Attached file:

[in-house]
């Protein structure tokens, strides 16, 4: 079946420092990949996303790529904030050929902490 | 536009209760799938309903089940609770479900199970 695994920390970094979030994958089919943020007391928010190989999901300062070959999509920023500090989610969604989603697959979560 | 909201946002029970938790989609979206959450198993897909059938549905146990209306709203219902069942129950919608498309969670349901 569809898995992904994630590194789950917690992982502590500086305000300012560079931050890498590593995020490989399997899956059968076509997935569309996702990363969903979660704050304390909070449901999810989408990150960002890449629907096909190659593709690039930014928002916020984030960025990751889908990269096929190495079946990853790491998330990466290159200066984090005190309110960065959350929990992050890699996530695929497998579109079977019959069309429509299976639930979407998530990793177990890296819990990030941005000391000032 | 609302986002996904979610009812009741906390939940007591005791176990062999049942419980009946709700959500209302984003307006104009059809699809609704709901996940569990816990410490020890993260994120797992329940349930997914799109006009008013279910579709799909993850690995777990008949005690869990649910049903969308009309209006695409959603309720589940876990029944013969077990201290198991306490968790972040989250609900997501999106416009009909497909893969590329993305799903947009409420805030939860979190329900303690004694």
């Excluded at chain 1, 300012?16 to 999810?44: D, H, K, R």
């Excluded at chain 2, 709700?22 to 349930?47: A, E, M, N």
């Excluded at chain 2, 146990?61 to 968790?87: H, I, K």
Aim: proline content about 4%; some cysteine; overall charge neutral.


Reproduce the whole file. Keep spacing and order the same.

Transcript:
[in-house]
């Protein structure tokens, strides 16, 4: 079946420092990949996303790529904030050929902490 | 536009209760799938309903089940609770479900199970 695994920390970094979030994958089919943020007391928010190989999901300062070959999509920023500090989610969604989603697959979560 | 909201946002029970938790989609979206959450198993897909059938549905146990209306709203219902069942129950919608498309969670349901 569809898995992904994630590194789950917690992982502590500086305000300012560079931050890498590593995020490989399997899956059968076509997935569309996702990363969903979660704050304390909070449901999810989408990150960002890449629907096909190659593709690039930014928002916020984030960025990751889908990269096929190495079946990853790491998330990466290159200066984090005190309110960065959350929990992050890699996530695929497998579109079977019959069309429509299976639930979407998530990793177990890296819990990030941005000391000032 | 609302986002996904979610009812009741906390939940007591005791176990062999049942419980009946709700959500209302984003307006104009059809699809609704709901996940569990816990410490020890993260994120797992329940349930997914799109006009008013279910579709799909993850690995777990008949005690869990649910049903969308009309209006695409959603309720589940876990029944013969077990201290198991306490968790972040989250609900997501999106416009009909497909893969590329993305799903947009409420805030939860979190329900303690004694």
């Excluded at chain 1, 300012?16 to 999810?44: D, H, K, R």
């Excluded at chain 2, 709700?22 to 349930?47: A, E, M, N």
């Excluded at chain 2, 146990?61 to 968790?87: H, I, K």
Aim: proline content about 4%; some cysteine; overall charge neutral.